I’m not asking if there is a designated “PLC” time.  More often than not, those are just meetings. Lesson plans are done, data is reviewed, frustrations are vented. That is necessary, I understand, but I’m talking about time dedicated to learning something new.  PLCs are a fantastic vehicle for the kind of learning that I’m proposing IF they are intentionally planned and structured.  I have had great success with PLCs in the past, but it takes a commitment to stay the course and some serious planning upfront.  

Aside from PLCs, though, principals and leaders can use staff meetings, book studies, Google Classroom, school Twitter hashtags, blogs, learning portfolios, article studies, Pinterest, and so many other tools to promote and encourage learning.  Focus on one or two initiatives or let teachers design their own learning networks. Provide designated times for groups to meet and various ways for teachers to share learning. Then, stick with it. Don’t let those learning times be usurped or pushed aside for more “important” things. Follow up on learning.  Expect high levels of learning...students deserve it.


Lead the Way
It goes without saying (but I’ll say it anyway)...we lead by example, not words.  We can talk about the importance of learning all day, but if I, as a leader, designate a time for PLCs then go to my office to finish work while they are going on….I’m not leading by example.  I know that administrators have insanely stressful and busy jobs.  I don’t want to discount that at all.  Time is precious...and so are students.  

One of the leaders that I most respect in this world and had the opportunity to learn from for many years once said that time is not the constant variable that everything else revolves around.  I remember her talking to a group of district administrators and saying that students are the constant. Everything else must revolve around them...even time.  That stuck with me through the years.  

Time is malleable.  Use it for things that matter.  Be the lead learner.  What are you reading? What are you blogging about? What Twitter chats are you involved in? What new tools have you been playing with?  These are not things to just do on the side or when you have time.  When teachers have administrators who talk about things they are learning, who try out lessons in classrooms, who write as a way to express learning….it makes a difference.  It implies an expectation for learning without having to have a stated learning policy.  It just becomes part of the school culture. If you want your school to be a place of learning, start learning.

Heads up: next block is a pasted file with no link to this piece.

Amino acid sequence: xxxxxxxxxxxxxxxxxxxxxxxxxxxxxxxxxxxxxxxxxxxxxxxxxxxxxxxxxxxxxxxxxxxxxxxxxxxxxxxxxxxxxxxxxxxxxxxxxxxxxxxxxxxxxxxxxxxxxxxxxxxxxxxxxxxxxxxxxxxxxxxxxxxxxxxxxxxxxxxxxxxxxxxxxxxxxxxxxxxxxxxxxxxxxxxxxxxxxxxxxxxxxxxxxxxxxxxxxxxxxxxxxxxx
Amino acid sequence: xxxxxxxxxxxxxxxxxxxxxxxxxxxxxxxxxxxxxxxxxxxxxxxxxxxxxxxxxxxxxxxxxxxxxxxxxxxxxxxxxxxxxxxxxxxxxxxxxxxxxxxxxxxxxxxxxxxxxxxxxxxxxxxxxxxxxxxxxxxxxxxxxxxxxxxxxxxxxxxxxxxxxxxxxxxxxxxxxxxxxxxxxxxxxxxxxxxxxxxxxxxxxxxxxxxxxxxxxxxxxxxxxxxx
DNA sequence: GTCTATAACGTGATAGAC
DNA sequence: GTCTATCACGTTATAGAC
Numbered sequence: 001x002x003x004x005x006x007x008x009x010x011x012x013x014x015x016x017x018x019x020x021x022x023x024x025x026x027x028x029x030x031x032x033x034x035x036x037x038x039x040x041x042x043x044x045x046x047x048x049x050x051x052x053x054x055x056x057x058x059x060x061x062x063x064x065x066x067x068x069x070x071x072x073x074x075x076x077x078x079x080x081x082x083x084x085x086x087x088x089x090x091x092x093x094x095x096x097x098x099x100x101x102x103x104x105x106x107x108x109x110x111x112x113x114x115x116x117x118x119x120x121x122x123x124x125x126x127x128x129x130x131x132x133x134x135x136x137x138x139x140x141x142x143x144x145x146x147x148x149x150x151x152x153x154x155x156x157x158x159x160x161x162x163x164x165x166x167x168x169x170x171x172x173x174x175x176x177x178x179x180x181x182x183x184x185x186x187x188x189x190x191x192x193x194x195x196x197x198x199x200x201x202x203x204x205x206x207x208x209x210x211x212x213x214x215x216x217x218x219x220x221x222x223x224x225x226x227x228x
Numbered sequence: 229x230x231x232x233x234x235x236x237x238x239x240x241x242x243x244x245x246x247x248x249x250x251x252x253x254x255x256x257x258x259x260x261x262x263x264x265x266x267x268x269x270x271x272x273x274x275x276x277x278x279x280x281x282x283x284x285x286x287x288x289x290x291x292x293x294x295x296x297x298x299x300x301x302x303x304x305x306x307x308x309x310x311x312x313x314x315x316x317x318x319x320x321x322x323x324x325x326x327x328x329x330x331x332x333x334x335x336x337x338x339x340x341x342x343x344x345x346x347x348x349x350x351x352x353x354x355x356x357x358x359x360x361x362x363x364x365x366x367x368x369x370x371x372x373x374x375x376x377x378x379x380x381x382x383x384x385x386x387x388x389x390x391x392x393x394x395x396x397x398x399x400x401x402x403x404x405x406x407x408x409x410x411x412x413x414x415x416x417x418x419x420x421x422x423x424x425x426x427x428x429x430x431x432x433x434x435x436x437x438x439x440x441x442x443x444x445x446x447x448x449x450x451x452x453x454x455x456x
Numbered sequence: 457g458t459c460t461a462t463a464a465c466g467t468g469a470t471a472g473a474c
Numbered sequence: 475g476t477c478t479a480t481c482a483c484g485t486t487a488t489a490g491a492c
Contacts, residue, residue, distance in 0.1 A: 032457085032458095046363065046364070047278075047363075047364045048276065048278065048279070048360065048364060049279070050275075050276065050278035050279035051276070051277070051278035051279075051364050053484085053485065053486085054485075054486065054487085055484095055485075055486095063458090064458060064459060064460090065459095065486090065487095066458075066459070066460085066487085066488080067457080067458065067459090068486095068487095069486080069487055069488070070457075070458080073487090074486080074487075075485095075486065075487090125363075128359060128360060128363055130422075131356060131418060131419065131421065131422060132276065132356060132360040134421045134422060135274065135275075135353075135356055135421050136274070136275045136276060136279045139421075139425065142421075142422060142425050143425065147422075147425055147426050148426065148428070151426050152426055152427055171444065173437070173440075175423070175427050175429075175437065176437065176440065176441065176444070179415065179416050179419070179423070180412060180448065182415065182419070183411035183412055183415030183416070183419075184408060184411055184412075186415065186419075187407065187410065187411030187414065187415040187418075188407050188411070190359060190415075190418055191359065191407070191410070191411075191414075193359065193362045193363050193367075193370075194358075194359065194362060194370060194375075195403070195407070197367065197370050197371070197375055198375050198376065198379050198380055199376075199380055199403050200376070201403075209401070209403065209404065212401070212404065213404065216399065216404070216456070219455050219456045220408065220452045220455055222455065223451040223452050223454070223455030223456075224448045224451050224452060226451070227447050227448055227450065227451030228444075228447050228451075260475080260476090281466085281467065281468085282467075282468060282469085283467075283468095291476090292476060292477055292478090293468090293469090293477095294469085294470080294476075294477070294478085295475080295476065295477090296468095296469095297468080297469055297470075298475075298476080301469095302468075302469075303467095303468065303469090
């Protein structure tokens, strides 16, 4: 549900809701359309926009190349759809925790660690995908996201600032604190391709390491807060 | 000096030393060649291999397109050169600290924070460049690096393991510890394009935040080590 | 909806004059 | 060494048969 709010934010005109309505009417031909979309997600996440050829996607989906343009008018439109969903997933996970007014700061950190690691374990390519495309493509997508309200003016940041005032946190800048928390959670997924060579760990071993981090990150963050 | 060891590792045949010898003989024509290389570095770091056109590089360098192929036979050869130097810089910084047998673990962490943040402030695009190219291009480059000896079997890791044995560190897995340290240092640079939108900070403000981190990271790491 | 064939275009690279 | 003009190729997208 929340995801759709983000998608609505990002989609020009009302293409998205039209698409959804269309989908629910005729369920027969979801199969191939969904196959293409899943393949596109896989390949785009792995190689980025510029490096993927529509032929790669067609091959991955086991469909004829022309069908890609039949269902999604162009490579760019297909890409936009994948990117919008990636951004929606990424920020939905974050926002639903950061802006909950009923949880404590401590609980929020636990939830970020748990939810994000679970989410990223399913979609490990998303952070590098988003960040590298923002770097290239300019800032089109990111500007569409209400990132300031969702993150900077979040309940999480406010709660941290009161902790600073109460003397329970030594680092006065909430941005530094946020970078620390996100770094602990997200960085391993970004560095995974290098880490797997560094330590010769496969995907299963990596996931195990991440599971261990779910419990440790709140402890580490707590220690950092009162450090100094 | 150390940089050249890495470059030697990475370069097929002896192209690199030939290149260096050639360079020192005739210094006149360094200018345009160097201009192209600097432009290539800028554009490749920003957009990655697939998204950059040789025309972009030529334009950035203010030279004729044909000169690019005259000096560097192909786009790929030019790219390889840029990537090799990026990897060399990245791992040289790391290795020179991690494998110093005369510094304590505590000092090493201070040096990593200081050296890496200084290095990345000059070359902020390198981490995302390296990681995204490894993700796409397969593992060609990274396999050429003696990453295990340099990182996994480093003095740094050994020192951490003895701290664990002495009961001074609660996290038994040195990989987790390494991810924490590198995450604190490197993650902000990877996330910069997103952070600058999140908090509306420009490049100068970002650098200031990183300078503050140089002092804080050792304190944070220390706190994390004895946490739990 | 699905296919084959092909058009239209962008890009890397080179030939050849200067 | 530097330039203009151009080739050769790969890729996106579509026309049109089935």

Coach them to their best.

Coaching is a realm of professional development that is growing tremendously in education and other arenas. Why? Coaching truly offers the “in the moment”, job-embedded, personalized learning that helps us recognize factors that affect our decisions and helps us to develop tools for making better ones. Watch any NFL game on a Sunday, and you will see coaches for various players and groups of players. You have defensive line coaches, quarterback coaches, receiving coaches.  They work with the players before, during, and after the game.  They show them things to tweak in the moment and help them to reflect and refine their talent at every point along the way.  Educators need the same thing. Our game is constantly changing.

Many schools and districts have instructional coaches, but there are still far too many that don’t.  In those that do, it is often someone who was appointed to the position because he was an exemplary classroom teacher, and it is assumed that he would be a great coach.  That can certainly be true, but coaching requires a completely different skill set.  Being a great classroom teacher does not mean you will be a great coach.  In many cases, these coaches are set up for failure because they receive little training, if any at all, on coaching skills.  The same is true for administrators.  With new appraisal guidelines and the emphasis on growth, it is imperative that administrators are also skilled coaches.  That is not usually emphasized in administrative leadership programs or in subsequent training they receive.  It may be necessary for administrators to get coaching in order to hone their skills, as well.  Imagine the impact that would have on teachers’ willingness to receive feedback!


As you reflect on how you might prioritize learning on your campus or in your district, consider the following questions:


  1. When do teachers learn? How do they share their learning?